I received a gift from my employer and it was added to my income and taxed, why?

By Randall Orser | Personal Income Tax

employee gift--tidbits 2014-03-19 TNWe all like to receive a gift from someone we know, and let’s face it we all feel special when we do. As an employee, when you receive something from your employer, you know you’re doing a good job and are being recognized for it, or it could be for a special occasion, such as a birthday. Sadly, the government doesn’t see it that way and considers any gift received as being in the course of employment, even a birthday gift.

Gifts and Awards

A gift or award that you get as an employee is a taxable benefit from employment, whether it is cash, near-cash, or non-cash. However, CRA does have a policy that exempts non-cash gifts and awards in some cases.

Cash and near-cash gifts or awards are always a taxable benefit for you, the employee. A near-cash item is one that can be easily converted to cash such as a gift certificate, gift card, gold nuggets, securities, or stocks.

A gift has to be for a special occasion such as a religious holiday, a birthday, a wedding, or the birth of a child.

An award has to be for an employment-related accomplishment such as outstanding service, employees’ suggestions, or meeting or exceeding safety standards. It is recognition of an your overall contribution to the workplace, not recognition of job performance. Generally, a valid, non-taxable award has clearly defined criteria, a nomination and evaluation process, and a limited number of recipients.

An award given to your employees for performance-related reasons (such as performing well in the job he or she were hired to do, exceeding production standards, completing a project ahead of schedule or under budget, putting in extra time to complete a project, covering for a sick manager/colleague) is considered a reward and is a taxable benefit for the employee.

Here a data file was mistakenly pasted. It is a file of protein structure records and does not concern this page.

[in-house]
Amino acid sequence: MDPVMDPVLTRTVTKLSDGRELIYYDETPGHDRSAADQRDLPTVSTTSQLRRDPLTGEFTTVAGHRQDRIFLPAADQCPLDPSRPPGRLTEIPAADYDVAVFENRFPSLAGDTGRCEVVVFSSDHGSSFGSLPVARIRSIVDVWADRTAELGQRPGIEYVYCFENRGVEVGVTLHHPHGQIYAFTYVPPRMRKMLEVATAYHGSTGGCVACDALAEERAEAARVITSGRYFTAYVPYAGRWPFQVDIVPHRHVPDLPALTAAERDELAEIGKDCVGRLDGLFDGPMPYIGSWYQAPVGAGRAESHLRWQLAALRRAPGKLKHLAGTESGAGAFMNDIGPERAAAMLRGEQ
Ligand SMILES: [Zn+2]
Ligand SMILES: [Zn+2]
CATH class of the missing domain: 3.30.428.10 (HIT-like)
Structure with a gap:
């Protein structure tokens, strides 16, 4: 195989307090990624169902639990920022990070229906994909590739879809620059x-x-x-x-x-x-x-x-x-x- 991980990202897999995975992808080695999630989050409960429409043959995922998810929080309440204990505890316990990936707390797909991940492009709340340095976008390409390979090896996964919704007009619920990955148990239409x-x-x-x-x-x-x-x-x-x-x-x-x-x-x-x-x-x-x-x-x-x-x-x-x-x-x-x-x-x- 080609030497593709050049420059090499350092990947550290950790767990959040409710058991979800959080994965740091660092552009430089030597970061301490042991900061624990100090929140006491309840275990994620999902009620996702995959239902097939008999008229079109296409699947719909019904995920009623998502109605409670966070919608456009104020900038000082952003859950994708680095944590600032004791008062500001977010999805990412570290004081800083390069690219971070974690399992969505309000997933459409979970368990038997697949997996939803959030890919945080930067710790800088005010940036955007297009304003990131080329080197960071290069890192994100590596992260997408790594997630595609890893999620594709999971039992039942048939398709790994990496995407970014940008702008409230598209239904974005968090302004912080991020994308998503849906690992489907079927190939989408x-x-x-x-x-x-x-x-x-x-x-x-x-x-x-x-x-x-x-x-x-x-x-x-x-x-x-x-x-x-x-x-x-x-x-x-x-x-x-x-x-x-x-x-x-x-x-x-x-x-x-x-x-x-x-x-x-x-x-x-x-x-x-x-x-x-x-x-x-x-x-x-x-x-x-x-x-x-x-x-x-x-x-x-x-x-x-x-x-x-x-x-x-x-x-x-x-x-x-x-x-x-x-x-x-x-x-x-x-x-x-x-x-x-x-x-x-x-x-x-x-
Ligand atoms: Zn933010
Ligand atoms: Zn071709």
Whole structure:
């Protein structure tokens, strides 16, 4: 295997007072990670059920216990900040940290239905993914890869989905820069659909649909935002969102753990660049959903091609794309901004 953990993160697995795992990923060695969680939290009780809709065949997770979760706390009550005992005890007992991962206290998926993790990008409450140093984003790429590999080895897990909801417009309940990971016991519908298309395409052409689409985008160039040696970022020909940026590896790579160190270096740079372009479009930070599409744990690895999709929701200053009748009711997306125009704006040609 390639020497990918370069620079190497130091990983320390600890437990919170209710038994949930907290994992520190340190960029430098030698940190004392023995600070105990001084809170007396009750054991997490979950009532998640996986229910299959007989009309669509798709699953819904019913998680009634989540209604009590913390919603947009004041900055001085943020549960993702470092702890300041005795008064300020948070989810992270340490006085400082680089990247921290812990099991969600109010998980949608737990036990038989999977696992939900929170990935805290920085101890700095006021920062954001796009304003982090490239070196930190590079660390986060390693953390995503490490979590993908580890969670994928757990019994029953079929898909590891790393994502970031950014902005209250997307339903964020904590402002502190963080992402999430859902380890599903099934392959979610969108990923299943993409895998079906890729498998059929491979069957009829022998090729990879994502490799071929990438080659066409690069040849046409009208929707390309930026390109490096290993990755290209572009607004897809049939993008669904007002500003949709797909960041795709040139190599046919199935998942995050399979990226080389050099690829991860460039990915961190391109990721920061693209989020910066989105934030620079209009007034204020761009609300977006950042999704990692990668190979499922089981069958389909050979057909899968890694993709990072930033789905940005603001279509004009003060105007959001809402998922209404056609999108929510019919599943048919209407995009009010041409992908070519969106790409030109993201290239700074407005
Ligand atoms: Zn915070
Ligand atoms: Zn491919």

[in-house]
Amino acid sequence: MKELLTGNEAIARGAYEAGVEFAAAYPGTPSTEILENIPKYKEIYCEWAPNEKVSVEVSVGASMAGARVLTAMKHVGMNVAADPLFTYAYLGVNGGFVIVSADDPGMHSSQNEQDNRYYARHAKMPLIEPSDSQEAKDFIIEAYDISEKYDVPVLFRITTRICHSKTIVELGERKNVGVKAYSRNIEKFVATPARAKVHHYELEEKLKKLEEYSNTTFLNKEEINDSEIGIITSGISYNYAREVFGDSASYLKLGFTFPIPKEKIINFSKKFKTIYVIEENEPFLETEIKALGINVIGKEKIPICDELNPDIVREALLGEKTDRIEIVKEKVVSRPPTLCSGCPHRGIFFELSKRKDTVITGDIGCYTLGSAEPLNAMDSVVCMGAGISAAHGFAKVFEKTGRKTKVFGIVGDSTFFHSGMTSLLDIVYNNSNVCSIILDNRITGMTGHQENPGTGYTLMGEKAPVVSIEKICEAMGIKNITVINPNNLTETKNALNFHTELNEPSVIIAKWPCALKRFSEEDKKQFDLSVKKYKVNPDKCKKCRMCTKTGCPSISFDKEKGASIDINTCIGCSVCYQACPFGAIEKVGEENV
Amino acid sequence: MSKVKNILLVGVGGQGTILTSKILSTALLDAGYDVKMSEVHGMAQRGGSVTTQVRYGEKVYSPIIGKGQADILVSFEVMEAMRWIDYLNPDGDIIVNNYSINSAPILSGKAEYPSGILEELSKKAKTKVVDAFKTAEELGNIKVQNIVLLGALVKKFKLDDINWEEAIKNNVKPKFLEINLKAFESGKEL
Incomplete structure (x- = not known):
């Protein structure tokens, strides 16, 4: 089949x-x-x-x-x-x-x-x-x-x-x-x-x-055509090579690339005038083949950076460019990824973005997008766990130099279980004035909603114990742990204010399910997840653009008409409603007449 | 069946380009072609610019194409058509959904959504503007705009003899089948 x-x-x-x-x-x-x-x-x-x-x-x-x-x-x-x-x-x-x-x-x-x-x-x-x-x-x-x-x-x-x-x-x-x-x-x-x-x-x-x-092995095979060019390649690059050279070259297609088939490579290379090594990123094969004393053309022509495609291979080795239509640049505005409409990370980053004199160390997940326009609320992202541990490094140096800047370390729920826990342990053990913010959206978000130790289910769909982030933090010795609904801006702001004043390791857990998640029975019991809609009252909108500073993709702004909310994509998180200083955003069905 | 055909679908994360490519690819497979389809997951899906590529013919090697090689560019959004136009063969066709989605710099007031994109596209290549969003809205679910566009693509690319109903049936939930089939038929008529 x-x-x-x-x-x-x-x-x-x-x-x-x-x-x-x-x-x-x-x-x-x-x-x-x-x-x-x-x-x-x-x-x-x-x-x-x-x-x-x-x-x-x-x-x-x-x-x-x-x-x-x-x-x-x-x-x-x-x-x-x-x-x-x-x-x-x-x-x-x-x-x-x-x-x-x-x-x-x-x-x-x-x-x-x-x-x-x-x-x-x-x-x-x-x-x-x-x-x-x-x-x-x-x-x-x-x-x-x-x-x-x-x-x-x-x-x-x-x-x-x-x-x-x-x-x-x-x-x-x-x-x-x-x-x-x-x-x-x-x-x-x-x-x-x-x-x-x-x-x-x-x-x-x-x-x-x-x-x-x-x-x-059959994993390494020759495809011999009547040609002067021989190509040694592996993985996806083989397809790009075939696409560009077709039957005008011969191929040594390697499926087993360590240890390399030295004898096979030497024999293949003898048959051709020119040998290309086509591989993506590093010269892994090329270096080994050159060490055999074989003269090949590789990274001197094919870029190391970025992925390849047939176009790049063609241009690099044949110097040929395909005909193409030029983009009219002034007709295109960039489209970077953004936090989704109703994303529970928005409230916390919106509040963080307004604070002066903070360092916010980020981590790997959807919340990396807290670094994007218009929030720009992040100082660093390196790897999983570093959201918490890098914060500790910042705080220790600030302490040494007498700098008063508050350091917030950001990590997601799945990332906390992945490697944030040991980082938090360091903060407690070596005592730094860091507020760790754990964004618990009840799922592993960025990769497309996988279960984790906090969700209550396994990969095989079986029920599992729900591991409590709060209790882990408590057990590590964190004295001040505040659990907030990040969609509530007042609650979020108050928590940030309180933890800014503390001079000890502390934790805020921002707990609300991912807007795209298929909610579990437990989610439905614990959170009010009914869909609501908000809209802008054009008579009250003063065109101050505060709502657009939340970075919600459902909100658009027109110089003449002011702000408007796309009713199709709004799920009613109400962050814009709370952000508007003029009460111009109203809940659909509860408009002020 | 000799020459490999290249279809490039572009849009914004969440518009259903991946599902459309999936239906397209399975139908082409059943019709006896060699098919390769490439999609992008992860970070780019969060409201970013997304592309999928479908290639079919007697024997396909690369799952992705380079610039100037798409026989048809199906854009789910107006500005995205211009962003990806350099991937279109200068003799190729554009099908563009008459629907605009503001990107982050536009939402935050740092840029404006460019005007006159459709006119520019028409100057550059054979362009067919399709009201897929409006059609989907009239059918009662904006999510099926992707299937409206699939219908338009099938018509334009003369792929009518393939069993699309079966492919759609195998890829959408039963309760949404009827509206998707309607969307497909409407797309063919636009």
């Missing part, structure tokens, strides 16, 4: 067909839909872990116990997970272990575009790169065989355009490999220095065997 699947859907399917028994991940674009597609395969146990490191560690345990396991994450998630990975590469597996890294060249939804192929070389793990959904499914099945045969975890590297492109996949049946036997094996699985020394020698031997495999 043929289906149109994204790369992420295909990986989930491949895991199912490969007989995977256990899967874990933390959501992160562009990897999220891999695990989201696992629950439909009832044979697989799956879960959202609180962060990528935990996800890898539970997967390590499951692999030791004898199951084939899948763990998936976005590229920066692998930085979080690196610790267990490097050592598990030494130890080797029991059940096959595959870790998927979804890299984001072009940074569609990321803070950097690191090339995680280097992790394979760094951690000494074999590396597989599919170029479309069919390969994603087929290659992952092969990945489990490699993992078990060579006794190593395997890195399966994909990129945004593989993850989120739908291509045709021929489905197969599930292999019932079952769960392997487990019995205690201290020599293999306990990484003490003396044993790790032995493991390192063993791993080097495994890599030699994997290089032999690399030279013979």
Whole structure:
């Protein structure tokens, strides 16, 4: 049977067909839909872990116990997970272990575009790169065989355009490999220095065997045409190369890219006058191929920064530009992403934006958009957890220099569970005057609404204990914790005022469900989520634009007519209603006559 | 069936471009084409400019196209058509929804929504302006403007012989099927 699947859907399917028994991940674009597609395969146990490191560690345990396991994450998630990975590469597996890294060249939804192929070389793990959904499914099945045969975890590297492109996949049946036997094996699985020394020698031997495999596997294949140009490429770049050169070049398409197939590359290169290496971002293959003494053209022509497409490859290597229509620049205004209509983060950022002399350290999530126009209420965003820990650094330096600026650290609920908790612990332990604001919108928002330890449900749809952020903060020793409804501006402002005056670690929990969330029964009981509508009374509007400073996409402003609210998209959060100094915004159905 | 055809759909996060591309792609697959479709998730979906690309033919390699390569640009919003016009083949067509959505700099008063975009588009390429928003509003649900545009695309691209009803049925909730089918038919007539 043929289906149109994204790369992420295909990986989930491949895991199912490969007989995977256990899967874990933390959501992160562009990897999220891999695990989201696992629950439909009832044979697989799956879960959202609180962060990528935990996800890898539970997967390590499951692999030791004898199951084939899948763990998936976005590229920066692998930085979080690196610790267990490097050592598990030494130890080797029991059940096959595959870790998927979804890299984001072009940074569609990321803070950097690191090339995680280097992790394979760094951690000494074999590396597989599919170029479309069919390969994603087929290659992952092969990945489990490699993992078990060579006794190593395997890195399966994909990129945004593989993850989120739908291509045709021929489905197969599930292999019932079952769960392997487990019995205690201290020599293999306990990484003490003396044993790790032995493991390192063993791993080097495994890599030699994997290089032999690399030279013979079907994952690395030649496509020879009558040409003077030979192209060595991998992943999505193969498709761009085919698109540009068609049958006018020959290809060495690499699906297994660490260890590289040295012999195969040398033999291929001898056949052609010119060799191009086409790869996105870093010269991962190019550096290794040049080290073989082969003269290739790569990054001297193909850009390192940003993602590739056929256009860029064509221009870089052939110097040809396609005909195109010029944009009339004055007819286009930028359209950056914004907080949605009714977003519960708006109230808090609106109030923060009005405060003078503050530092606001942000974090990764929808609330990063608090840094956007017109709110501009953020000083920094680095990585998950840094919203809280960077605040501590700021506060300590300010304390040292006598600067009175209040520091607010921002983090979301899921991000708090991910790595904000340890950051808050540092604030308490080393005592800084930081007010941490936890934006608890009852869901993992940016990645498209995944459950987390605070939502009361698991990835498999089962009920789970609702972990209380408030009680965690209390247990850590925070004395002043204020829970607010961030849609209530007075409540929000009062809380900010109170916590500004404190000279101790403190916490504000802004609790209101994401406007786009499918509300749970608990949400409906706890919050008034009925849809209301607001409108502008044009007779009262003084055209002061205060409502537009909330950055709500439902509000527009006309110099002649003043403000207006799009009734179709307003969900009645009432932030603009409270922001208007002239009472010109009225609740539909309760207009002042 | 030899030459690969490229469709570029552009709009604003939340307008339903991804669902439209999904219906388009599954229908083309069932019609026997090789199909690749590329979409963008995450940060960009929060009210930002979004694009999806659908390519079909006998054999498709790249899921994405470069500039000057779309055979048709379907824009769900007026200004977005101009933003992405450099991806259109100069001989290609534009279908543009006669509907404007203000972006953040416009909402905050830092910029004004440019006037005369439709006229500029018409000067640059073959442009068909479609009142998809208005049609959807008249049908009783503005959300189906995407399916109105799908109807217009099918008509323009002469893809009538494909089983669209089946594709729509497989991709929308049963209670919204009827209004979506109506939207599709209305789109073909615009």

There are other things that can be considered a taxable benefit:

  • Social events and hospitality functions.
  • Loyalty and other points programs.
  • Gifts and awards given through prize draws and social committees that are not controlled and funded by the employer.
  • Gifts and awards given where there is no employer/employee relationship, such as awards from a manufacturer or promotional items to employees of a retailer.

You Can Get Non-Cash Gifts That Are Not Taxable

Your employer may give you an unlimited number of non-cash gifts and awards with a combined total value of $500 or less annually. If the fair market value (FMV) of the gifts and awards you are given is greater than $500, the amount over $500 must be included in the employee’s income. For example, if you give gifts and awards with a total value of $650, there is a taxable benefit of $150 ($650-$500).

You will be happy to know that items of small or trivial value will not be considered a taxable benefit. These items are not included when calculating the total value of gifts and awards given in the year for the purpose of the exemption.

Examples of items for small or trivial value include:

  • Coffee or tea;
  • T-shirts with employer’s logos;
  • Mugs;
  • Plaques or trophies.

More than likely the taxable benefit you received has fallen into one of the areas above. If you don’t remember receiving a gift or award, talk to your employer and get them to clarify exactly for what is the taxable benefit.

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